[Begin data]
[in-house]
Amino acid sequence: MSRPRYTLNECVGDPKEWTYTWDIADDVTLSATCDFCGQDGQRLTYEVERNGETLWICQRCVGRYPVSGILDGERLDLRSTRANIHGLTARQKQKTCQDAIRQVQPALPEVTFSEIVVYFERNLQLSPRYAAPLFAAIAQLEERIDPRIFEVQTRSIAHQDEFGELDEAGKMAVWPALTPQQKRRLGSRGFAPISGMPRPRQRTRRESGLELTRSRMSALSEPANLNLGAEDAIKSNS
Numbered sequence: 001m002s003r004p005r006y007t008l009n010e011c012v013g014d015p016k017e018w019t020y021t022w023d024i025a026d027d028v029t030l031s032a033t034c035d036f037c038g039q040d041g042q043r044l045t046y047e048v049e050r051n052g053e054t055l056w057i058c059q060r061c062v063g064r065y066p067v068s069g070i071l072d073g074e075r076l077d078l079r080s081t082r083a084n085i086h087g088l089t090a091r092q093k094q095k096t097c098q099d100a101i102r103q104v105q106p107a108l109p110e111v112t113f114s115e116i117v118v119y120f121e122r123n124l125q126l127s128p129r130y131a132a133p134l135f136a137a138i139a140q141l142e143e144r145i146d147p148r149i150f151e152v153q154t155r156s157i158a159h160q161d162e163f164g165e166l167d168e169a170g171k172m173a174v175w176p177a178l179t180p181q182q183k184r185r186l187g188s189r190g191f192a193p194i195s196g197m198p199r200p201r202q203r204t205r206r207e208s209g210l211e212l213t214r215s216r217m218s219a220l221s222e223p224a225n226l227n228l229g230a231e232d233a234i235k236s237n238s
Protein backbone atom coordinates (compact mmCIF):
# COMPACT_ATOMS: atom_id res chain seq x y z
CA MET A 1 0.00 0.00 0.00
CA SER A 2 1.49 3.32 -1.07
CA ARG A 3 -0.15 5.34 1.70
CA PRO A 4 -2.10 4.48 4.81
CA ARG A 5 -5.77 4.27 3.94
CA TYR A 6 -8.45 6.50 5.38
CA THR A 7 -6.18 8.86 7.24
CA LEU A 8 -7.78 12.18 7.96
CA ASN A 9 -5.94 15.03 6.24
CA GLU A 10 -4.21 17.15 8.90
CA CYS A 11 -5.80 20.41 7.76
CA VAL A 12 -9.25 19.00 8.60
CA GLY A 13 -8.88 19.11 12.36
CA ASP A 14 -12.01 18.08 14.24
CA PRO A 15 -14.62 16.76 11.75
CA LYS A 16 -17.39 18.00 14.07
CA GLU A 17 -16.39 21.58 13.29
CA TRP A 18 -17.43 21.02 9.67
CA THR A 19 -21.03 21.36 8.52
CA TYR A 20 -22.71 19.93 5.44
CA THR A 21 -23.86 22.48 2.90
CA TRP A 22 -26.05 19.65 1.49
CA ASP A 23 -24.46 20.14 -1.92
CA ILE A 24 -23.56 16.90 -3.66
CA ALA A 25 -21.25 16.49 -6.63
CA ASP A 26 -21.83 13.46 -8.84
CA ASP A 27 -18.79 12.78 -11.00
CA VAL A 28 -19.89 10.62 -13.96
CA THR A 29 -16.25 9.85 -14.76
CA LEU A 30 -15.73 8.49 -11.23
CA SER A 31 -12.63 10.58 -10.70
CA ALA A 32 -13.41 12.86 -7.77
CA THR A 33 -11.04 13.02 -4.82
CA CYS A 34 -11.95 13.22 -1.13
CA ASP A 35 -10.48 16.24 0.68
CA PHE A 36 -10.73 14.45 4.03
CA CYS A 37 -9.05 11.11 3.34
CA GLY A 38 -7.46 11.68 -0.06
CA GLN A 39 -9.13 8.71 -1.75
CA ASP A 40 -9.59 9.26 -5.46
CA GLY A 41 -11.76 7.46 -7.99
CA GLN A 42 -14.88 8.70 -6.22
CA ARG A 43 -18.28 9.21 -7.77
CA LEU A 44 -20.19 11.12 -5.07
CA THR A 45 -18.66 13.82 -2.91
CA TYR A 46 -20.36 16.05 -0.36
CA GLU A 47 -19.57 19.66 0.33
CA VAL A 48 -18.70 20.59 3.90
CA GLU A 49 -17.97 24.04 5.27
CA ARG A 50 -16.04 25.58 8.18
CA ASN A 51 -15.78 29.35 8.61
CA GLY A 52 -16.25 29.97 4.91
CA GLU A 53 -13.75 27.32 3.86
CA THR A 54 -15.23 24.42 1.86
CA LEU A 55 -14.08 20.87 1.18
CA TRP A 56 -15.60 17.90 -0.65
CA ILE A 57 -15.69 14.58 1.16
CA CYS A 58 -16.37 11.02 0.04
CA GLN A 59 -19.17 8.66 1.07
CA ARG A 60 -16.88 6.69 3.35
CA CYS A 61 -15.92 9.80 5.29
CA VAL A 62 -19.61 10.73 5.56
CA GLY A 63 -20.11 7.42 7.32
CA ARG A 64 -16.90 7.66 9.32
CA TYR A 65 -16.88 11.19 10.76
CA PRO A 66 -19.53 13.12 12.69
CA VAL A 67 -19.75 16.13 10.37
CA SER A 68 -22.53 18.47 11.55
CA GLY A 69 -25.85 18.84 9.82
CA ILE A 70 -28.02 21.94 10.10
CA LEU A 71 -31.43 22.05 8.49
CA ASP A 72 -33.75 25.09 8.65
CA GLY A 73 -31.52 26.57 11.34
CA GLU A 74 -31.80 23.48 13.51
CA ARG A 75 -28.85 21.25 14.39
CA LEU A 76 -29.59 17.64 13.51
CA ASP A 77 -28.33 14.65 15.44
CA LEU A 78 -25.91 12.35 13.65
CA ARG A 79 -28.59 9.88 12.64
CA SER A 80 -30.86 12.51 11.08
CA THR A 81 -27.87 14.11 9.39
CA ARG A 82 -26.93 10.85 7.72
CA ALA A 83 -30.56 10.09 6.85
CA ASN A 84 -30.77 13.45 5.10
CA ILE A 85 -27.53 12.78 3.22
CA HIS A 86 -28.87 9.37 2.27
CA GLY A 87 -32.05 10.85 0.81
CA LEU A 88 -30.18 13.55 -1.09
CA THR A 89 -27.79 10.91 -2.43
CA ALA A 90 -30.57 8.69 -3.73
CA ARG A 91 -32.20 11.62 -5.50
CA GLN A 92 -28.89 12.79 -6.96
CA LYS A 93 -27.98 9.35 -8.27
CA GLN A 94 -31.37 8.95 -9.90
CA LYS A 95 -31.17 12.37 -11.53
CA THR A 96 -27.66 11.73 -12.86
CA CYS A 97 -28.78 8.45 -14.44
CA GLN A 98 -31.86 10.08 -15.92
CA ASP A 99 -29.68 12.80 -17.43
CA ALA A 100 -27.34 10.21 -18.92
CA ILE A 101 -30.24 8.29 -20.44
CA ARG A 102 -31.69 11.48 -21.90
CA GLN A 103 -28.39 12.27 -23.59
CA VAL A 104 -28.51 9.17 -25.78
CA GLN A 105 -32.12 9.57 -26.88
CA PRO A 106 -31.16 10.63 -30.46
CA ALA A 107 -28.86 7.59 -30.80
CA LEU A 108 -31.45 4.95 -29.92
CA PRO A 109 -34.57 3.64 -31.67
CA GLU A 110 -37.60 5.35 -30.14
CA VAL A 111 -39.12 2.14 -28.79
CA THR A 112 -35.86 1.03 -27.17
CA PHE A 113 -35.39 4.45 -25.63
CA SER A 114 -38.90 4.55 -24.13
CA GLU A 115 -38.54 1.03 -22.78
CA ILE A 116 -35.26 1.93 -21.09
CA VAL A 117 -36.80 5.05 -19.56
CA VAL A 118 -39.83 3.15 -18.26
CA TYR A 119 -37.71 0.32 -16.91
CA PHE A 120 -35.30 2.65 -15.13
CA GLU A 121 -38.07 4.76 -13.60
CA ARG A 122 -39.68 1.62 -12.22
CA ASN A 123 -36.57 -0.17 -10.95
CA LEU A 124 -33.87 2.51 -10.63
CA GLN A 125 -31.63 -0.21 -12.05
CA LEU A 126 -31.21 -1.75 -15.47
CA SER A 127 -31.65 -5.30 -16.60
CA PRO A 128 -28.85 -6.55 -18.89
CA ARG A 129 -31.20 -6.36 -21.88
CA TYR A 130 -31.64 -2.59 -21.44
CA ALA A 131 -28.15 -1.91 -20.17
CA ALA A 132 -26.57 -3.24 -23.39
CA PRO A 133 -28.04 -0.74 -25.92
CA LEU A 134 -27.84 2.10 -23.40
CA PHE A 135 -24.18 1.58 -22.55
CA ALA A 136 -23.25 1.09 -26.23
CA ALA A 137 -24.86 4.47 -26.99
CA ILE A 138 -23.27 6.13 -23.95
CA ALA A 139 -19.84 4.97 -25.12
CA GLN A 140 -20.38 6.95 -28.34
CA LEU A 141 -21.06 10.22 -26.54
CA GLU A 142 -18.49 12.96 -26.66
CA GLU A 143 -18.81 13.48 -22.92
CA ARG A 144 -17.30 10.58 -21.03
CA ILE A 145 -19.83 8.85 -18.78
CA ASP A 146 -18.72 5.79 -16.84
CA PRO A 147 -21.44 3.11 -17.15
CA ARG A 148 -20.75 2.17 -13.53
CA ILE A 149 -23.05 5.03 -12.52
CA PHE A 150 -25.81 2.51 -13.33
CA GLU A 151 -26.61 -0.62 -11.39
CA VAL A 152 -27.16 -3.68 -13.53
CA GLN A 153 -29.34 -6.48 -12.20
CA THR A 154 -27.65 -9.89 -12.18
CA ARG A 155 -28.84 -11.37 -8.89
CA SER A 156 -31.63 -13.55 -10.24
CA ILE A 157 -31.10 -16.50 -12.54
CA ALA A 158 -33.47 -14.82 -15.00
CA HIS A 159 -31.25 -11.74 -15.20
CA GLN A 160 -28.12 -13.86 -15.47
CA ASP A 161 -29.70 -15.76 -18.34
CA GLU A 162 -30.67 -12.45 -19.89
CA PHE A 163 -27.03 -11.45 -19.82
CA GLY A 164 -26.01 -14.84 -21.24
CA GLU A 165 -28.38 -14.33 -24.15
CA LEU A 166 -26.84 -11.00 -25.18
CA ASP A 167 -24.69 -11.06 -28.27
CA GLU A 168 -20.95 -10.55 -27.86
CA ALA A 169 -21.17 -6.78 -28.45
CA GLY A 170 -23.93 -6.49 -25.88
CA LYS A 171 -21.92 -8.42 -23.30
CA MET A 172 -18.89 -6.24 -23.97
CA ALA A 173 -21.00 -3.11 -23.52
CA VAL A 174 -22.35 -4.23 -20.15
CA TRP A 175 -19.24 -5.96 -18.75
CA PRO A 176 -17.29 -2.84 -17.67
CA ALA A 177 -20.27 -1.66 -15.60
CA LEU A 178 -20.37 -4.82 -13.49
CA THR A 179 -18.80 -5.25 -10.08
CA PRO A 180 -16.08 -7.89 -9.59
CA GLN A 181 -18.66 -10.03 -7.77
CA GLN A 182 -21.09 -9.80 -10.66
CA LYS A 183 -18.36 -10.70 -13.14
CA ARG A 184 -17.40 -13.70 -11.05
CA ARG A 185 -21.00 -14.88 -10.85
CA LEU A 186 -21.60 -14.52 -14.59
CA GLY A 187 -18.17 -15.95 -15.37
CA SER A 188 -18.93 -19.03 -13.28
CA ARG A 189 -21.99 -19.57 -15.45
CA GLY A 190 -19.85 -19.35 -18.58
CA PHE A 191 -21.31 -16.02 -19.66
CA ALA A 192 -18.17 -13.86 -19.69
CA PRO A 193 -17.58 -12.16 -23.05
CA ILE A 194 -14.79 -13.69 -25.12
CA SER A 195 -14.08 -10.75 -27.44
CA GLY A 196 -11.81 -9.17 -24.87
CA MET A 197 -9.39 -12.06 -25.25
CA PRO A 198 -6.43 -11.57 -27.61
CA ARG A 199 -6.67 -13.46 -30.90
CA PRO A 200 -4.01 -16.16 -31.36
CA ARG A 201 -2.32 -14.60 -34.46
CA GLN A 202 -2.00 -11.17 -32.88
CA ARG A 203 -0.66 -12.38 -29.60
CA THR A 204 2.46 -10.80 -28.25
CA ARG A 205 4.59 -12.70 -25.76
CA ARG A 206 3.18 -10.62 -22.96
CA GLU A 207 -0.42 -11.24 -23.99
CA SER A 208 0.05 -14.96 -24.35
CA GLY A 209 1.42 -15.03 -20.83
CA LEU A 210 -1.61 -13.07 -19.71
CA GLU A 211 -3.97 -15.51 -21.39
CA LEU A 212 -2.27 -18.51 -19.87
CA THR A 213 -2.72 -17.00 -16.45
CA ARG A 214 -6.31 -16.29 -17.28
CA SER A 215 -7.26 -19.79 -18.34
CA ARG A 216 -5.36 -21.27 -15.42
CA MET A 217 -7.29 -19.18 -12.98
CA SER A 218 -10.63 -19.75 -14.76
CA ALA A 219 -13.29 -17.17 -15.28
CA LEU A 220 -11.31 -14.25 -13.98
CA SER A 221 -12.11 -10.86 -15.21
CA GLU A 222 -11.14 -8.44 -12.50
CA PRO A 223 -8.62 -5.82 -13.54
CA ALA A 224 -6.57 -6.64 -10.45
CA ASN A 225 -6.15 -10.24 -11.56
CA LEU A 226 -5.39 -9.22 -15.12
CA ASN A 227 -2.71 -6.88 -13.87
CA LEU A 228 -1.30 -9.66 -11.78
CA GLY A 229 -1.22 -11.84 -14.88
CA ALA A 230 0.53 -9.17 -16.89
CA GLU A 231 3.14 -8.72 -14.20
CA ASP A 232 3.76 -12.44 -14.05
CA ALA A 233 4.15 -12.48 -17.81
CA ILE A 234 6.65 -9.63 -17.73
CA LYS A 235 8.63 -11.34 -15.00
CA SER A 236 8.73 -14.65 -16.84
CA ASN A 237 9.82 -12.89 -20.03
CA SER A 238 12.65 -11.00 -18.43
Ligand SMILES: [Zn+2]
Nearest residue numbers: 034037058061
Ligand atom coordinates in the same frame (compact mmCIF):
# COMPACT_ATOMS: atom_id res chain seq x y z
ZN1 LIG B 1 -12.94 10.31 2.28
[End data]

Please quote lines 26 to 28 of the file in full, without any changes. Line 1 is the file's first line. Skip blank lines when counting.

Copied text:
CA THR A 21 -23.86 22.48 2.90
CA TRP A 22 -26.05 19.65 1.49
CA ASP A 23 -24.46 20.14 -1.92